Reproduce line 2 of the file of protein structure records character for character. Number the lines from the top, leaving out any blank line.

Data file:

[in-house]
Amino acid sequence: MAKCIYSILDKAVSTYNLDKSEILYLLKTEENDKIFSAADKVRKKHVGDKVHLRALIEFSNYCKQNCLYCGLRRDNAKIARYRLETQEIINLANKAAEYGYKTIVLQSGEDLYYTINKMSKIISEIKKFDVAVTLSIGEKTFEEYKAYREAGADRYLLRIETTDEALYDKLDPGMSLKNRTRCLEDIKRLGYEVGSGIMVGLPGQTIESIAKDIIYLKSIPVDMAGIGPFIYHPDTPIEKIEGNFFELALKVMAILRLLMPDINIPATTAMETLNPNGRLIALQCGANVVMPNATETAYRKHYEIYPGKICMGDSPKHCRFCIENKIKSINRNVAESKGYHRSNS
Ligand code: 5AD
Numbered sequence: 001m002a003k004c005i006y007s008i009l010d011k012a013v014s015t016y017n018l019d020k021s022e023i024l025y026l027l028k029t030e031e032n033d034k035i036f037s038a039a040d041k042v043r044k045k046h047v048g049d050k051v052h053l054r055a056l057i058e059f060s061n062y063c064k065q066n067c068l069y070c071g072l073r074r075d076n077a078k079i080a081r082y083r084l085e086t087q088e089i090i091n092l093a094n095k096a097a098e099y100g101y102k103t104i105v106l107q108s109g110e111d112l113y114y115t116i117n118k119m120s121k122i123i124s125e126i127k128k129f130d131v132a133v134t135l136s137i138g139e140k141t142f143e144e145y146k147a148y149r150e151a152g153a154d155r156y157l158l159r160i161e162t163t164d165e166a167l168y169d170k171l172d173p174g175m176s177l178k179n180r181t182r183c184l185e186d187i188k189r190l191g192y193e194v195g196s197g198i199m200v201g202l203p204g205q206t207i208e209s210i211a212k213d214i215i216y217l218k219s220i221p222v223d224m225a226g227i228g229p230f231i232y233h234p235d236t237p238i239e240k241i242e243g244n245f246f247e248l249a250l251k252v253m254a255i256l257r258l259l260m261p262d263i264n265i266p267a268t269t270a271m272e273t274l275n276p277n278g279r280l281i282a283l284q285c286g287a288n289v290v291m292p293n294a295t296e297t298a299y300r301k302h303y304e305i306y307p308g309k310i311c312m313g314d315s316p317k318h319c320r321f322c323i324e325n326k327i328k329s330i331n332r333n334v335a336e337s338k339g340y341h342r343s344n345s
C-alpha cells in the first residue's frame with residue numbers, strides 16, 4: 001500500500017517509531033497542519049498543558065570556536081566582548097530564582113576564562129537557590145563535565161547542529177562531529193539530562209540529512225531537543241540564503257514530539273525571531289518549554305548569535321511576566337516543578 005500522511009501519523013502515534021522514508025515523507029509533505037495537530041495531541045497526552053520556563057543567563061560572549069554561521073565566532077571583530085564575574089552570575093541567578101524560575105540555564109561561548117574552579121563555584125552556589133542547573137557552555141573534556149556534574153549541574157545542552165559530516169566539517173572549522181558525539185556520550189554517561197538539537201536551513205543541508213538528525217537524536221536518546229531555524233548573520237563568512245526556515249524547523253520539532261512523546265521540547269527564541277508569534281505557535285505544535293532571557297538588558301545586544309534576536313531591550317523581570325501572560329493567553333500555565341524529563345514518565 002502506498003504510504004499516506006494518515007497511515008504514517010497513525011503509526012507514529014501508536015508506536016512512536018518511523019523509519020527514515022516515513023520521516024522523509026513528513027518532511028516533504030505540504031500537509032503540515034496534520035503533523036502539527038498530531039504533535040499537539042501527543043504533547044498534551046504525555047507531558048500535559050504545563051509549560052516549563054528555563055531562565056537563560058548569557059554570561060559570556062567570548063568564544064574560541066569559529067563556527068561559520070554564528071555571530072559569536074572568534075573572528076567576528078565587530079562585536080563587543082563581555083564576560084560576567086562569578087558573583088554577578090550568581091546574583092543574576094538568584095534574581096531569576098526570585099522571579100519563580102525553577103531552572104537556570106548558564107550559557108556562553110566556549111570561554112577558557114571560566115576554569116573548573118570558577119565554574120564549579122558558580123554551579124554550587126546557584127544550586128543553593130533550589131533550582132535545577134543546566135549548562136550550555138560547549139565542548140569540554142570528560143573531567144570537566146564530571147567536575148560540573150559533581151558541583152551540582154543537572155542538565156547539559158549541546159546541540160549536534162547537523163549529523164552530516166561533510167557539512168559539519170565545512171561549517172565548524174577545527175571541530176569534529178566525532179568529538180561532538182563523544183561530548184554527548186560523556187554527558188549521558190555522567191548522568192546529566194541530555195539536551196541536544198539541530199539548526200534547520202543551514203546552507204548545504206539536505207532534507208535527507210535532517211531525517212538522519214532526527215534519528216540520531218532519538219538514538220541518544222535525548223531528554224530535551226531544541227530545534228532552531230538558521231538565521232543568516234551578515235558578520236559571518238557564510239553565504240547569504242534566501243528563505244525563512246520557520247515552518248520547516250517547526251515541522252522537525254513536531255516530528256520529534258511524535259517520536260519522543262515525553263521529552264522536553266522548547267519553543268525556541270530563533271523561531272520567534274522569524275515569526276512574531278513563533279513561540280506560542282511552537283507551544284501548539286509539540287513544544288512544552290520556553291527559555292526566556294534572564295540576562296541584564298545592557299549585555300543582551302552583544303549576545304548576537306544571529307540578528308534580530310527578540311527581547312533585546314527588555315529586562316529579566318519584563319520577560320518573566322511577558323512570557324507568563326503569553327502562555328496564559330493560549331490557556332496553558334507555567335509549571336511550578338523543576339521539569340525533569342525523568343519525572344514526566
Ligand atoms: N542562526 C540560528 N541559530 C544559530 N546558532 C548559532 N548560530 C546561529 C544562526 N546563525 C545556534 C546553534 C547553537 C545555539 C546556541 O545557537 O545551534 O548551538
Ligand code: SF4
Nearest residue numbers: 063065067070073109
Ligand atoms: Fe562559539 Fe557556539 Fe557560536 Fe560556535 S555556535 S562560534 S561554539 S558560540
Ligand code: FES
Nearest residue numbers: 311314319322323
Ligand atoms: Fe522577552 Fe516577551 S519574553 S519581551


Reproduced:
Amino acid sequence: MAKCIYSILDKAVSTYNLDKSEILYLLKTEENDKIFSAADKVRKKHVGDKVHLRALIEFSNYCKQNCLYCGLRRDNAKIARYRLETQEIINLANKAAEYGYKTIVLQSGEDLYYTINKMSKIISEIKKFDVAVTLSIGEKTFEEYKAYREAGADRYLLRIETTDEALYDKLDPGMSLKNRTRCLEDIKRLGYEVGSGIMVGLPGQTIESIAKDIIYLKSIPVDMAGIGPFIYHPDTPIEKIEGNFFELALKVMAILRLLMPDINIPATTAMETLNPNGRLIALQCGANVVMPNATETAYRKHYEIYPGKICMGDSPKHCRFCIENKIKSINRNVAESKGYHRSNS